3. Cake made with Caraway seeds was very popular here in the UK during the Victorian, Edwardian era. The sort of thing Mrs Patmore from Downton Abbey would have baked ! My Mum & Gran both loved it & I would make it specially for their respective birthdays. It is one of those which you either love or hate. I was in the later camp! https://theenglishkitchen.blogspot.com/2016/03/traditional-seed-cake.html

  4. How are you guys not bed-ridden at 800 pounds?  Is there a large crew to eat up most of this stuff, or do you just have the will power and a large dumpster for disposal?  Most of what you cook looks fantastic, but I wouldn't dare keep it around the house here.  Too bad more of these recipes don't scale down to single-cupcake size.

  5. "Spotted dick (also known as "spotted dog" or "railway cake") is a British pudding, traditionally made with suet and dried fruit (usually currants and/or raisins) and often served with custard. "

    From more research, "Caraway seeds and sultanas were added to soda bread in Ireland long ago, but the tradition went by the wayside. Not so in America, where soda bread often has caraway seeds and sultanas in it. Usually when I go to the US I take Irishrecipes there, but I was delighted to bring this one back to Ireland! Simply add 2 teaspoons of caraway seeds to the Spotted Dog recipe and proceed as above.
    "

    So I think we're making spotted dick British-Old-Irish-American style

  6. Not a lot of sugar at all which probably appeals to quite a few people bit this is not something your 7 year old would really enjoy.

  7. I love cheese with caraway seed!!!
    It’s a common cheese here in Norway, I always have in in the fridge😊
    . I’m not sure about it in sweet stuff either. I like it in cheese, kebabs and sauerkraut, never tried it sweet. I know that caraway cakes is common in Eastern Europe.

  8. Over the years, I have made a lot of "semisweet cakes". Mainly served/eaten as a little snack when you're craving a bite but don't want to wreck your appetite for the next meal.

  9. This recipe certainly has British roots and is like an Irish soda bread that uses dried fruit (sometimes nuts) and caraway. Sometimes it is mistakenly called 'spotted dick' which is more of a pudding than a bread or cake. Either way, it's delicious. This recipe is going into my "to bake" list. Thanks.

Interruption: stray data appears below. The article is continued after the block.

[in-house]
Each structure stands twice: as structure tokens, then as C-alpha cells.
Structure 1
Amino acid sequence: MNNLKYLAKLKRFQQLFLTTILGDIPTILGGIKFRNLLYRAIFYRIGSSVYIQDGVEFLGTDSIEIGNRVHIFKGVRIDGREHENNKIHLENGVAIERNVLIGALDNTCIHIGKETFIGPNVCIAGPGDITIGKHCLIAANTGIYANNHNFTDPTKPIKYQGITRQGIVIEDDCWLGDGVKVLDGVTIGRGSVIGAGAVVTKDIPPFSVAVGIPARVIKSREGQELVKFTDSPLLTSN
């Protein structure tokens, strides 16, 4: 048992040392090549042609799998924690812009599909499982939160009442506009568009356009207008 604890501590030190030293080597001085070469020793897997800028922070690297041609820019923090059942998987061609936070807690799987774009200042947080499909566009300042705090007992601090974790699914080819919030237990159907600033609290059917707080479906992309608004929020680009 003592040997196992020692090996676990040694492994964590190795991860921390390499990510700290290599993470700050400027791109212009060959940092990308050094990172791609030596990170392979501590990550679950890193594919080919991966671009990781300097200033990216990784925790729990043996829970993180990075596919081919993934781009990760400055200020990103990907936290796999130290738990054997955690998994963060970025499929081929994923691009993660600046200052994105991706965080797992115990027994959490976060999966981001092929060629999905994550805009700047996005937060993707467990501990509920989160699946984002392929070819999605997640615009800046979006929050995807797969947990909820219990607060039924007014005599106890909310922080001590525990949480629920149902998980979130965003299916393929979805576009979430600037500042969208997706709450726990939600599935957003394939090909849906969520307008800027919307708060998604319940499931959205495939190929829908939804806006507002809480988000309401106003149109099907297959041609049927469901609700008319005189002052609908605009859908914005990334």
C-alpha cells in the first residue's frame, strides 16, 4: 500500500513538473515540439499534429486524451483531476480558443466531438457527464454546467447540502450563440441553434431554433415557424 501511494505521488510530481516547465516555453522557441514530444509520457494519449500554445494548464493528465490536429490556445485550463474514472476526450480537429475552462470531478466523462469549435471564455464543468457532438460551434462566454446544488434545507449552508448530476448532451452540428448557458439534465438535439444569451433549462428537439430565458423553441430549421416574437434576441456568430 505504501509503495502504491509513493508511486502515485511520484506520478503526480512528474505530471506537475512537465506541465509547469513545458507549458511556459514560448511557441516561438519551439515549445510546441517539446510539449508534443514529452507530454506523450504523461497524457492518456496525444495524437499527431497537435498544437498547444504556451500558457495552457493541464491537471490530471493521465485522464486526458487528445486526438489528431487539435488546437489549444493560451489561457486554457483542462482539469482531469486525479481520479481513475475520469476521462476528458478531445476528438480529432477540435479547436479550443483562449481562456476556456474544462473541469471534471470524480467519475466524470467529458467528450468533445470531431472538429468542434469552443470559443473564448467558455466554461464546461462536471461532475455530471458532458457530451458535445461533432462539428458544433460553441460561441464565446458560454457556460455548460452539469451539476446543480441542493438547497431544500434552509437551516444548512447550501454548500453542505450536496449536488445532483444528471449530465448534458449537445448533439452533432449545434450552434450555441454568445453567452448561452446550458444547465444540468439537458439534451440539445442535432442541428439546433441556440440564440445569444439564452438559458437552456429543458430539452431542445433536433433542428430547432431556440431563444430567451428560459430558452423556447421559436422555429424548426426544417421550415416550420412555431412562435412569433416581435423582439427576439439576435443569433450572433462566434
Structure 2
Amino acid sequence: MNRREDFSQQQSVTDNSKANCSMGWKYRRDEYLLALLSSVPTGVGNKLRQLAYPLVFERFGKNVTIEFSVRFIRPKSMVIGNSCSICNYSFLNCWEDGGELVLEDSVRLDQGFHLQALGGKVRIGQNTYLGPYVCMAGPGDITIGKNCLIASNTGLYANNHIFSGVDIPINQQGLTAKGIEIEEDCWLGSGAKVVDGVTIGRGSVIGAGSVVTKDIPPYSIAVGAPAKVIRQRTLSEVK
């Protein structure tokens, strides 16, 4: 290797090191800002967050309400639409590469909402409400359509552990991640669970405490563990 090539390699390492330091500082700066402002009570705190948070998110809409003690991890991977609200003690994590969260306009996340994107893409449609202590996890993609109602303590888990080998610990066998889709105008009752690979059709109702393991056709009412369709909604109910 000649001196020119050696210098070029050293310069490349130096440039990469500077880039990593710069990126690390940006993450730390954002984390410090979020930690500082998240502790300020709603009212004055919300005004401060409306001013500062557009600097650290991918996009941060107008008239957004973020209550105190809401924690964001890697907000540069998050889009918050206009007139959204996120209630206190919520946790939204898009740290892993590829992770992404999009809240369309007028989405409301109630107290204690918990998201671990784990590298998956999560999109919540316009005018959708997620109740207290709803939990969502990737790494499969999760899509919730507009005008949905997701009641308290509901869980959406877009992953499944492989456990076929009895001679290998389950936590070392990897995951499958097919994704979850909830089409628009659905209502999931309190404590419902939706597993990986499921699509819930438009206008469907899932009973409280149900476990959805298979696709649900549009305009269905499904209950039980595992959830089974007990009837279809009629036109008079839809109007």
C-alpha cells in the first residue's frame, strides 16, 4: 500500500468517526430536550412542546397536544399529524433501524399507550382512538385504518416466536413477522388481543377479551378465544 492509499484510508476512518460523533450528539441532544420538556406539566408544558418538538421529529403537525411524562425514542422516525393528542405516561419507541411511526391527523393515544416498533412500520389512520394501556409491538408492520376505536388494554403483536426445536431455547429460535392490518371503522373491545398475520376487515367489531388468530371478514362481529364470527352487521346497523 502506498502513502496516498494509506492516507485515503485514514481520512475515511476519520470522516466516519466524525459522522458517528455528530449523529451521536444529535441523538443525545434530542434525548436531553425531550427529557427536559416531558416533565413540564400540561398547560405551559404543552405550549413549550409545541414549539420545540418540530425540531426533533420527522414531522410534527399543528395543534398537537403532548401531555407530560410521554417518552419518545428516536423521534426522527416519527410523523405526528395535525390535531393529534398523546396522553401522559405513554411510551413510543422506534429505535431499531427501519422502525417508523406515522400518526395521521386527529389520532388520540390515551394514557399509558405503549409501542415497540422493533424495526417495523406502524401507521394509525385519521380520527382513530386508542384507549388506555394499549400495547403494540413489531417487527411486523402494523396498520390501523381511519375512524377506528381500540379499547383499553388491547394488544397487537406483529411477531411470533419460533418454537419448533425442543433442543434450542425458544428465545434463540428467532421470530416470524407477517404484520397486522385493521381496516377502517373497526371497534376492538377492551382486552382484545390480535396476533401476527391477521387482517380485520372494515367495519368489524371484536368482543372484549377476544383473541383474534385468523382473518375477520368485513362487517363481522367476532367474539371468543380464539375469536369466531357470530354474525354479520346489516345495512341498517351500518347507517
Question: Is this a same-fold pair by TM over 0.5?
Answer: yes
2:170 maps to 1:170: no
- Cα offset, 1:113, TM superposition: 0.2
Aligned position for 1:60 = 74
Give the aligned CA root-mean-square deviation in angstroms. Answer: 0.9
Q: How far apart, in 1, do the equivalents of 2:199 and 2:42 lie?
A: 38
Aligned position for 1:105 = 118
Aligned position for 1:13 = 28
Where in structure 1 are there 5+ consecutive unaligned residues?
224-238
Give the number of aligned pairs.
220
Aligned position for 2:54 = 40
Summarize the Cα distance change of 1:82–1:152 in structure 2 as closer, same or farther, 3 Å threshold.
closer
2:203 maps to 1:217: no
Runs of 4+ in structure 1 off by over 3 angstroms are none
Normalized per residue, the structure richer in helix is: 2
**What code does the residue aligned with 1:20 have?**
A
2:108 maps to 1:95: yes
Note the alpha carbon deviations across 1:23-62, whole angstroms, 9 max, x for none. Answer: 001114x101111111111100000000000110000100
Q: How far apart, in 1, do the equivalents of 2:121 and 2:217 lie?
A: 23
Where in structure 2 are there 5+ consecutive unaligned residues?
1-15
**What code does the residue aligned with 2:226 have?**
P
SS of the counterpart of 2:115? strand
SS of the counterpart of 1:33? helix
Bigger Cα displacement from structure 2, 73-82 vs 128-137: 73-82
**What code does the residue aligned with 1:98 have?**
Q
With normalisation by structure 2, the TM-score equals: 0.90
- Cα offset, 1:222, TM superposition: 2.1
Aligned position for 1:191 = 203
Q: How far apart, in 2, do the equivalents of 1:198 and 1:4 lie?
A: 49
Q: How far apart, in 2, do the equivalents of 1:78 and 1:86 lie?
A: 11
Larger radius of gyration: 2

Sad to think that four years hence when this recipe was printed, the world would be plunged into a chaos it never knew.
    http://www.kitchenbounty.com/2011/03/irish-soda-bread-spotted-dick.html

  10. The cake is named for Swindon railway station as it was one of the few edible foods served in the notoriously bad refreshment room there in the mid 1800s (it was the first such facility in the world). We complain about British railway cafes now, but Swindon’s fare was terrible. They even advertised some food on the menu as being “obviously stale”.

  11. Hi Julie and Glen 🙋🏻‍♀️ your lovely Railway cake reminds me of my mother’s Caraway pudding🤗 Its a traditional must make sweet food for celebrating the newly given birth mother and her new born baby with all friends and family 👶 thanks Chef Glen 🙏🌷🌿💕

  12. hmm i wonder if a citrusy glaze would work if someone wanted to fancy it up or would it compete too much with the caraway?

  13. Aaahh…The misus is back from DARPA/NASA..where,it SEEMS,and LOOKS!!!she works as a super scientist..sending people off to distant galaxies and inventing Quantum use??!!! products..and NEW inventionns,as a hobby.
    WOW

  14. I gather that using BOTH 6 oz lard AND 6 oz. butter worked WAS the way to go? The old idea of lard for shortening; butter for lightness and flavor.

  15. Caraway is part of Mrs. Beeton’s seed cake. The teacake recipes with caraway use small amounts of caraway when compared to what we might see in a savory dish.

  16. There’s also an Irish cake called Seedy Cake which is a sponge cake with caraway seeds. My grandma always used to make it.

  17. Something we make here in in the UK ( though you have to make it as no commercial bakeries I know of make it) is Seed Cake. ( Funeral cake.)

  18. Wow. Traditional seed cake + candied peel = railway cake. Seed cake is unusual but delicious. The first time I had it was when I was a teenager and my aunt was studying British literature.

  19. I can sale you one scale to make recipes or a cornucopia of measurement cups….and the capitalist went for the most things they can sell you

  20. kind of a variation on Irish soda bread?? https://www.justapinch.com/recipes/bread/savory-bread/irish-sweet-cake-spotted-dog.html

  21. I forgot it was a Sunday ha. I really appreciate the explanation at the beginning that you’re not doing research and just following the recipe

  22. The weight volume thing is interesting. I have some of my moms English cook books, and everything is still done by weight. I find it a bit of a pain. It's easier to stick the measuring cup in the bag of flour than it is to get the scale out and weight everything.

  23. When I make Irish soda bread, I use caraway and dried fruit. I know it’s not traditional, but the caraway with the sweet fruit makes a great contrast.

  24. my understanding of railway cakes is , they originated from spotted dog breads,cakes made for the field, farm and working man.